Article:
Gecko-like grip soon to be within reach of humans

Engineers at Stanford University have developed adhesive materials that mimic a gecko’s gripping power.

Image: Eric Eason

Elliot Hawkes could very easily be the human alias for a superhero. Elliot Hawkes by day, Gecko Man by night. However, Hawkes doesn’t possess powers like otherworldly strength or the ability to fly. No, Hawkes is a mechanical engineering student at Stanford University in California, who has designed a handheld pad inspired by Spiderman.

Hawkes, along with a group of engineers are developing adhesive materials based on a gecko’s natural ability to climb walls. “These materials need to create a strong bond with a smooth surface able to support maximum weight through even distribution that can easily be released with minimal energy loss,” Hawkes said.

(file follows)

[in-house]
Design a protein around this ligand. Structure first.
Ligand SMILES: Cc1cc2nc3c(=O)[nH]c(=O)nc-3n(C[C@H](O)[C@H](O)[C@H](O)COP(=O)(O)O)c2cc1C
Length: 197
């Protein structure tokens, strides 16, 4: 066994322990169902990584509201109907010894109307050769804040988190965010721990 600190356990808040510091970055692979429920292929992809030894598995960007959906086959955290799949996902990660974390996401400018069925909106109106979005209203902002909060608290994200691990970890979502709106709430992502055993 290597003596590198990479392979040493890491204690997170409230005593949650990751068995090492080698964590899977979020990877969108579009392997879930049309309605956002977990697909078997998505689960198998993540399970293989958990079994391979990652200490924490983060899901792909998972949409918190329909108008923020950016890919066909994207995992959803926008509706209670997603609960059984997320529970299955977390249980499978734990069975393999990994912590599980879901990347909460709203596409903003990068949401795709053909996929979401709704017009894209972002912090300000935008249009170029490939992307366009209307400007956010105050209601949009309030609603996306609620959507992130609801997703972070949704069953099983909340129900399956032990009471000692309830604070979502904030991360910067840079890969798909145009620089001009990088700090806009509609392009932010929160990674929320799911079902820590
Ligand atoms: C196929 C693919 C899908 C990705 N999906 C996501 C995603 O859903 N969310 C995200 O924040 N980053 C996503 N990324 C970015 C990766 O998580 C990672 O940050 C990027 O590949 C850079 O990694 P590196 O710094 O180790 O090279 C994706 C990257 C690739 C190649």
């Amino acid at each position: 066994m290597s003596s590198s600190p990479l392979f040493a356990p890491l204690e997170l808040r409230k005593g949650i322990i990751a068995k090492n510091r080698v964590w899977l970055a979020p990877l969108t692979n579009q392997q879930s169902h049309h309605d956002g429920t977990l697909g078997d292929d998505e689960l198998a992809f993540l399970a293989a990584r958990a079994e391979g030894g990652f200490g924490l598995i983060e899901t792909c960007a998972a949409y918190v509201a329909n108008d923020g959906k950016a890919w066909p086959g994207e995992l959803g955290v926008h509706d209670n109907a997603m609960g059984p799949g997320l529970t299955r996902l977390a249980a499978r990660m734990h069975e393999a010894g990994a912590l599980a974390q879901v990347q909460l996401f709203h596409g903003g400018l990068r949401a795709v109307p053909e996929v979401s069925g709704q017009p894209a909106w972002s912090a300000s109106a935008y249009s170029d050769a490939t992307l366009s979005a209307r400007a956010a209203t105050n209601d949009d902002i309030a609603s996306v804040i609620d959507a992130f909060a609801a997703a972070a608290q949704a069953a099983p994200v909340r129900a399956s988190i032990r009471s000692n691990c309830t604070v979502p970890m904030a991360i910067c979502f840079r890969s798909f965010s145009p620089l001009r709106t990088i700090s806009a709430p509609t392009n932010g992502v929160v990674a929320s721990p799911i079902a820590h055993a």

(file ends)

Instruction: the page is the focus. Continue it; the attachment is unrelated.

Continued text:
The gecko glove, as they call it, takes the shape of a flat pad attached to the palm of the hand.  Eric Eason a graduate student in applied physics and researcher on the project, explains that each pad consists of 24 adhesive tiles. The tiles are saw-toothed shaped polymer structures of 100 micrometers. When the pad first touches the surface, only the tips touch, so it's not sticky, but when the load is applied, the wedges turn over and come into contact with the surface, creating an adhesive force.

The Journal of the Royal Society Interface, where  Easons' research was published, explains that the pads are connected to special “degressive” springs, which become less stiff the further they are stretched. This characteristic means that when the springs are pulled upon, they apply an identical force to each adhesive tile and cause the sawtooth-like structures to flatten and release grip.

According to Mark Cutkowsky who was part of the research team, the device could be used in the aerospace and robotics industry. Robots could easily lift and install glass panels with care and then release them.

Hawkes adds: "It's a lot of fun, but also a little weird because it doesn't feel like you should be gripping glass and you keep expecting to slip off, and when you don't, it surprises you. It's pretty exhilarating."